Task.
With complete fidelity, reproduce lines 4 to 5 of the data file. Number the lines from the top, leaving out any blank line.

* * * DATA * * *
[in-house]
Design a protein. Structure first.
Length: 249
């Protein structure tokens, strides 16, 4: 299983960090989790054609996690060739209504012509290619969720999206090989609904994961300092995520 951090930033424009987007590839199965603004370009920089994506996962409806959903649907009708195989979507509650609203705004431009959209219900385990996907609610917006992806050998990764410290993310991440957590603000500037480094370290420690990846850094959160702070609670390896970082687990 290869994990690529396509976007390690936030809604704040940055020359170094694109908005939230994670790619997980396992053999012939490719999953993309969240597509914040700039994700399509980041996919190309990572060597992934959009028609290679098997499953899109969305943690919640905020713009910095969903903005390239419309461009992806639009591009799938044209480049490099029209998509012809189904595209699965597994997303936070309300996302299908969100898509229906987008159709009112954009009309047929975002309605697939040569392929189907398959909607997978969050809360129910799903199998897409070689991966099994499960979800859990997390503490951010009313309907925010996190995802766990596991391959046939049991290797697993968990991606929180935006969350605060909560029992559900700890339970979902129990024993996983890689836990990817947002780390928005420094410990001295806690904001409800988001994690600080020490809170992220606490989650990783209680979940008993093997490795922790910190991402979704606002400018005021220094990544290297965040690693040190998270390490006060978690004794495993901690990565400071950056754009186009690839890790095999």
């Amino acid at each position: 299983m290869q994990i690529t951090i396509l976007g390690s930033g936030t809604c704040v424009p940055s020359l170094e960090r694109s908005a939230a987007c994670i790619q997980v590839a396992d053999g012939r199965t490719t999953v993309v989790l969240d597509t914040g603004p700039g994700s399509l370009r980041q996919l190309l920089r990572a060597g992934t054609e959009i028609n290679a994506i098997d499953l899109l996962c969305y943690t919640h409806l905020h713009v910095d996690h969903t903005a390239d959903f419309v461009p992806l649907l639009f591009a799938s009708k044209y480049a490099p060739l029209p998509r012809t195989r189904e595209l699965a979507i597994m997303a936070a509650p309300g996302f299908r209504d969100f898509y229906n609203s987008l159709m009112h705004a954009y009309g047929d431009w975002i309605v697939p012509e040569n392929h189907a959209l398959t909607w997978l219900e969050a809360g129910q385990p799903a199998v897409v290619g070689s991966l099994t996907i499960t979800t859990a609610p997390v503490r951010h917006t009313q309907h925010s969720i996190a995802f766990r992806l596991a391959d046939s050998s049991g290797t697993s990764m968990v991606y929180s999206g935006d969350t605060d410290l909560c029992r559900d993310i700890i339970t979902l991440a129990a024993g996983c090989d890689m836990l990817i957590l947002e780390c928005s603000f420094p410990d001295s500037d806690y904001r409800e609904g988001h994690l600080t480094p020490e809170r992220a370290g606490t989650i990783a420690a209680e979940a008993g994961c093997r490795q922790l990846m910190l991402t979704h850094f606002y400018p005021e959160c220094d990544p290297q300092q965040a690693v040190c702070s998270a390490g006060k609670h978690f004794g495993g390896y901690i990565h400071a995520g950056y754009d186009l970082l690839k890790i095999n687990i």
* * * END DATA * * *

């Protein structure tokens, strides 16, 4: 299983960090989790054609996690060739209504012509290619969720999206090989609904994961300092995520 951090930033424009987007590839199965603004370009920089994506996962409806959903649907009708195989979507509650609203705004431009959209219900385990996907609610917006992806050998990764410290993310991440957590603000500037480094370290420690990846850094959160702070609670390896970082687990 290869994990690529396509976007390690936030809604704040940055020359170094694109908005939230994670790619997980396992053999012939490719999953993309969240597509914040700039994700399509980041996919190309990572060597992934959009028609290679098997499953899109969305943690919640905020713009910095969903903005390239419309461009992806639009591009799938044209480049490099029209998509012809189904595209699965597994997303936070309300996302299908969100898509229906987008159709009112954009009309047929975002309605697939040569392929189907398959909607997978969050809360129910799903199998897409070689991966099994499960979800859990997390503490951010009313309907925010996190995802766990596991391959046939049991290797697993968990991606929180935006969350605060909560029992559900700890339970979902129990024993996983890689836990990817947002780390928005420094410990001295806690904001409800988001994690600080020490809170992220606490989650990783209680979940008993093997490795922790910190991402979704606002400018005021220094990544290297965040690693040190998270390490006060978690004794495993901690990565400071950056754009186009690839890790095999």
């Amino acid at each position: 299983m290869q994990i690529t951090i396509l976007g390690s930033g936030t809604c704040v424009p940055s020359l170094e960090r694109s908005a939230a987007c994670i790619q997980v590839a396992d053999g012939r199965t490719t999953v993309v989790l969240d597509t914040g603004p700039g994700s399509l370009r980041q996919l190309l920089r990572a060597g992934t054609e959009i028609n290679a994506i098997d499953l899109l996962c969305y943690t919640h409806l905020h713009v910095d996690h969903t903005a390239d959903f419309v461009p992806l649907l639009f591009a799938s009708k044209y480049a490099p060739l029209p998509r012809t195989r189904e595209l699965a979507i597994m997303a936070a509650p309300g996302f299908r209504d969100f898509y229906n609203s987008l159709m009112h705004a954009y009309g047929d431009w975002i309605v697939p012509e040569n392929h189907a959209l398959t909607w997978l219900e969050a809360g129910q385990p799903a199998v897409v290619g070689s991966l099994t996907i499960t979800t859990a609610p997390v503490r951010h917006t009313q309907h925010s969720i996190a995802f766990r992806l596991a391959d046939s050998s049991g290797t697993s990764m968990v991606y929180s999206g935006d969350t605060d410290l909560c029992r559900d993310i700890i339970t979902l991440a129990a024993g996983c090989d890689m836990l990817i957590l947002e780390c928005s603000f420094p410990d001295s500037d806690y904001r409800e609904g988001h994690l600080t480094p020490e809170r992220a370290g606490t989650i990783a420690a209680e979940a008993g994961c093997r490795q922790l990846m910190l991402t979704h850094f606002y400018p005021e959160c220094d990544p290297q300092q965040a690693v040190c702070s998270a390490g006060k609670h978690f004794g495993g390896y901690i990565h400071a995520g950056y754009d186009l970082l690839k890790i095999n687990i």